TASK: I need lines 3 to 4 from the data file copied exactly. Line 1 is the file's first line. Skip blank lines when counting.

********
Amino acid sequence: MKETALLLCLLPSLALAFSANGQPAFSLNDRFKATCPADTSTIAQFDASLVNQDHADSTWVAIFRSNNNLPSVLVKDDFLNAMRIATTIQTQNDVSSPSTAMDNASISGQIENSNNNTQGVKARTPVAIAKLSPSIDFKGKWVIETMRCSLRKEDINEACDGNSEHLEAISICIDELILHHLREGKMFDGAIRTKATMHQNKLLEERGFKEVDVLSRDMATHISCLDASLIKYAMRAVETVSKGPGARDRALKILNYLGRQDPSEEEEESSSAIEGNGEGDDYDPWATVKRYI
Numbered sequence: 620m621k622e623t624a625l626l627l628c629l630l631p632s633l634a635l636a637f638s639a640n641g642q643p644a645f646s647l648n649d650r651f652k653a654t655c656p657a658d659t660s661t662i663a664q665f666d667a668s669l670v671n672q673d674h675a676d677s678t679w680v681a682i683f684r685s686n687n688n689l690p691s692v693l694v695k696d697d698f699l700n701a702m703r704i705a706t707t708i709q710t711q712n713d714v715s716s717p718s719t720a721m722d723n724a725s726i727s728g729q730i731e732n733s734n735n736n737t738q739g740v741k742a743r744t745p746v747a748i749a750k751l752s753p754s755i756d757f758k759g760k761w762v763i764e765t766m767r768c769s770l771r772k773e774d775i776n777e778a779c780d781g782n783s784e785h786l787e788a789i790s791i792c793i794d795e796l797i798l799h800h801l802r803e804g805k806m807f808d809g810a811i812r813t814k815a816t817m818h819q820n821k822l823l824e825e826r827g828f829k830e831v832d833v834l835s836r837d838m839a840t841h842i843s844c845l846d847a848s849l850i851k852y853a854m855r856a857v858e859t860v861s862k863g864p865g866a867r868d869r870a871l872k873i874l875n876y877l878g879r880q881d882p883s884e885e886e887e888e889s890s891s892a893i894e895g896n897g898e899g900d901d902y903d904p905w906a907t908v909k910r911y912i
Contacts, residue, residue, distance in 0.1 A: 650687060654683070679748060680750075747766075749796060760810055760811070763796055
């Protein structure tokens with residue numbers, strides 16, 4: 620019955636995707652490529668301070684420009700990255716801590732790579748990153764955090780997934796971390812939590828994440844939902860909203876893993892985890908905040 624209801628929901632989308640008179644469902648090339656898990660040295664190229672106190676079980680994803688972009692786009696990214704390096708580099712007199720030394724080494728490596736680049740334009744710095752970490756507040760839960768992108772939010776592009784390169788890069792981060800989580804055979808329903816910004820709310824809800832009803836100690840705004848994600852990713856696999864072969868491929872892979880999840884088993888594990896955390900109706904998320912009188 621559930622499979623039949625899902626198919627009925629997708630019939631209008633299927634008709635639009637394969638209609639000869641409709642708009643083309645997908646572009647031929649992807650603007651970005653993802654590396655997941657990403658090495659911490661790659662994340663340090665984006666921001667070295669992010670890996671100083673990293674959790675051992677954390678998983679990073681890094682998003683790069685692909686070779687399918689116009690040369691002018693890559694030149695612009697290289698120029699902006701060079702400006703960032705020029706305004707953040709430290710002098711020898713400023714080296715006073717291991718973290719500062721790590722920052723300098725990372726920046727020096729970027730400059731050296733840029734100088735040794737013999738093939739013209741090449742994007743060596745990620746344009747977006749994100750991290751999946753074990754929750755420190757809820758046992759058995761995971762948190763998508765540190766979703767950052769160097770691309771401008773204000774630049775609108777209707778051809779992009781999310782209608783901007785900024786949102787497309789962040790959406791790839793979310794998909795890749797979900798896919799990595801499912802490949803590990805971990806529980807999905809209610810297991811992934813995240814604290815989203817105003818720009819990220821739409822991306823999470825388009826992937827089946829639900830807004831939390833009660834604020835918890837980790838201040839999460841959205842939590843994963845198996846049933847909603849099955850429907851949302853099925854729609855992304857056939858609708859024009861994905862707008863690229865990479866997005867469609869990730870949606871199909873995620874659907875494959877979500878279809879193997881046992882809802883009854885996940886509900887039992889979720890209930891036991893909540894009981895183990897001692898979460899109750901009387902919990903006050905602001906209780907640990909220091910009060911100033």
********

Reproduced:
Contacts, residue, residue, distance in 0.1 A: 650687060654683070679748060680750075747766075749796060760810055760811070763796055
């Protein structure tokens with residue numbers, strides 16, 4: 620019955636995707652490529668301070684420009700990255716801590732790579748990153764955090780997934796971390812939590828994440844939902860909203876893993892985890908905040 624209801628929901632989308640008179644469902648090339656898990660040295664190229672106190676079980680994803688972009692786009696990214704390096708580099712007199720030394724080494728490596736680049740334009744710095752970490756507040760839960768992108772939010776592009784390169788890069792981060800989580804055979808329903816910004820709310824809800832009803836100690840705004848994600852990713856696999864072969868491929872892979880999840884088993888594990896955390900109706904998320912009188 621559930622499979623039949625899902626198919627009925629997708630019939631209008633299927634008709635639009637394969638209609639000869641409709642708009643083309645997908646572009647031929649992807650603007651970005653993802654590396655997941657990403658090495659911490661790659662994340663340090665984006666921001667070295669992010670890996671100083673990293674959790675051992677954390678998983679990073681890094682998003683790069685692909686070779687399918689116009690040369691002018693890559694030149695612009697290289698120029699902006701060079702400006703960032705020029706305004707953040709430290710002098711020898713400023714080296715006073717291991718973290719500062721790590722920052723300098725990372726920046727020096729970027730400059731050296733840029734100088735040794737013999738093939739013209741090449742994007743060596745990620746344009747977006749994100750991290751999946753074990754929750755420190757809820758046992759058995761995971762948190763998508765540190766979703767950052769160097770691309771401008773204000774630049775609108777209707778051809779992009781999310782209608783901007785900024786949102787497309789962040790959406791790839793979310794998909795890749797979900798896919799990595801499912802490949803590990805971990806529980807999905809209610810297991811992934813995240814604290815989203817105003818720009819990220821739409822991306823999470825388009826992937827089946829639900830807004831939390833009660834604020835918890837980790838201040839999460841959205842939590843994963845198996846049933847909603849099955850429907851949302853099925854729609855992304857056939858609708859024009861994905862707008863690229865990479866997005867469609869990730870949606871199909873995620874659907875494959877979500878279809879193997881046992882809802883009854885996940886509900887039992889979720890209930891036991893909540894009981895183990897001692898979460899109750901009387902919990903006050905602001906209780907640990909220091910009060911100033």